SESSION TITLE: Cardiovascular Case Report Posters I
SESSION TYPE: Affiliate Case Report Poster
PRESENTED ON: Tuesday, October 29, 2013 at 01:30 PM - 02:30 PM
INTRODUCTION: Pulmonary hypertension (PH) in the setting of carcinoid syndrome (Ca-PH) is usually due to fibrous lesions on the endocardium of valves. PH in the absence of valvular heart disease (VHD) has not been reported. We report a rare case of Ca-PH without valvular involvement.
CASE PRESENTATION: A 60 year-old Caucasian female with metastatic carcinoid tumor, on octreotide, diagnosed 4 years ago, presented with dyspnea. She first noticed dyspnea when visiting Colorado, but continued to experience it with less than daily activities (WHO functional class III) upon return. She denied chest pain, syncope or palpitations. Her review of systems was negative, except for chronic diarrhea. Additional history was significant for hypertension and chronic kidney disease. On examination, she required 3 liters oxygen/minute via nasal canula, had loud P2 and pedal edema. Transthoracic echocardiogram revealed left ventricular ejection fraction of 65%, flattened septum and reduced right venticular systolic function. No valvular lesions were reported (Figure 1). Diastolic dysfunction was excluded. Hemodynamics from right heart catheterization are shown in the table 1. Laboratory work-up for other causes of PH, including connective tissue disease and HIV serology was unremarkable. High-resolution chest tomography, ventilation-perfusion scan, polysomnogram, and spirometry were non-diagnostic. She was diagnosed with Ca-PH, and started on amlodipine 10mg and sildenafil 20mg three times a day. Over the next few months, she had improvement in symptoms, WHO functional class and six-minute-walk distance.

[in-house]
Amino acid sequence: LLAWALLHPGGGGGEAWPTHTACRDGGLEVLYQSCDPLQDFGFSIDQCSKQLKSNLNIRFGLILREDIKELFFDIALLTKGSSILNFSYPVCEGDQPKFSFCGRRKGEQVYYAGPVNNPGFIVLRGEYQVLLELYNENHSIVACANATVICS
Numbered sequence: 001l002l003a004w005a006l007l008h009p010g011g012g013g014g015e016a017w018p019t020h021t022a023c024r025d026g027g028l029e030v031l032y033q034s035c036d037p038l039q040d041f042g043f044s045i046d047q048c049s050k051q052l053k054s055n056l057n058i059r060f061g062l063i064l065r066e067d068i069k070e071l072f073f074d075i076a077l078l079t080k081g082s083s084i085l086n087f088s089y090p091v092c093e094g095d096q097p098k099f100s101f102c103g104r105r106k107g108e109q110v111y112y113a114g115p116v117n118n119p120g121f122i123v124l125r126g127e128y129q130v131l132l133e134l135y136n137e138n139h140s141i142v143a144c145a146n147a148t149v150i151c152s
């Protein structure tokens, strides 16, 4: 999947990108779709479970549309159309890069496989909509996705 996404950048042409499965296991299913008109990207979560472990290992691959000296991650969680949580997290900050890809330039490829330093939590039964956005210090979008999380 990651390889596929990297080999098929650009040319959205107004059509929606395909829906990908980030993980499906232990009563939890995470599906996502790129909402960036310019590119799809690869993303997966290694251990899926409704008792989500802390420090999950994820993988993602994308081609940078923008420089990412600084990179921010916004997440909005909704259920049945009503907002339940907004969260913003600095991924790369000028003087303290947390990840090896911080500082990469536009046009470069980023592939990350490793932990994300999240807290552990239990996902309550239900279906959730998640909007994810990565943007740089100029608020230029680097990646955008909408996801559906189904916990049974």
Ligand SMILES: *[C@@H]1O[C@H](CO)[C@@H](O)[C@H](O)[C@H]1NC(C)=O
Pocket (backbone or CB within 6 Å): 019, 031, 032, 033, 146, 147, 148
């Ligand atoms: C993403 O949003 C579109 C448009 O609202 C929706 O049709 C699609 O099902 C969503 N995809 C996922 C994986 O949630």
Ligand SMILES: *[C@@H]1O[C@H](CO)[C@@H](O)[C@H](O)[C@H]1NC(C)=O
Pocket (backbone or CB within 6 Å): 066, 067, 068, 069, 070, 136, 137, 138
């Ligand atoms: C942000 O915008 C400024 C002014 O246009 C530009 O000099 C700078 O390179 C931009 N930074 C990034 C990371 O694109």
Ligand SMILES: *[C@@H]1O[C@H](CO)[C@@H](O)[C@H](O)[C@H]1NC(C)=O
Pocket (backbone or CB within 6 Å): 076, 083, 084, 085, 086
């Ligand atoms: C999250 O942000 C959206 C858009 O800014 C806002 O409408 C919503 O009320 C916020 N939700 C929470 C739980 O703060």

DISCUSSION: Heart involvement is seen in ~50% patients with carcinoid syndrome (1). The pathognomonic feature is the presence of plaque-like fibrous tissue on the endocardium of the heart valves, cardiac chambers and occasionally pulmonary artery and aorta. Excessive serotonin levels are believed to be the main culprit behind these lesions. Recent studies have emphasized the role of serotonin in the pathogenesis of PH by causing vasoconstriction, smooth muscle hyperplasia and pulmonary vascular remodeling (2). It is therefore plausible that high serotonin levels from carcinoid syndrome caused PH in our patient by directly affecting the pulmonary vasculature. To our knowledge, this is the first reported case of Ca-PH without VHD. The positive vasodilator response in our patient suggests a strong vasoconstrictive component.
CONCLUSIONS: VHD and WHO group 2 PH are not uncommon in patients with carcinoid syndrome. However, PH can also develop in the absence of VHD, likely mediated by a direct effect of circulating serotonin on the pulmonary vasculature. PH should be suspected in dyspneic carcinoid patients even in the absence of VHD.
Reference #1: Bhattacharyya, et al. Circulation 2007;116(24):2860-5
Reference #2: Marcos, et al. Circulation 2004;94:1263-70
DISCLOSURE: The following authors have nothing to disclose: Shikha Gupta, Karen Wolf, Tim Lahm
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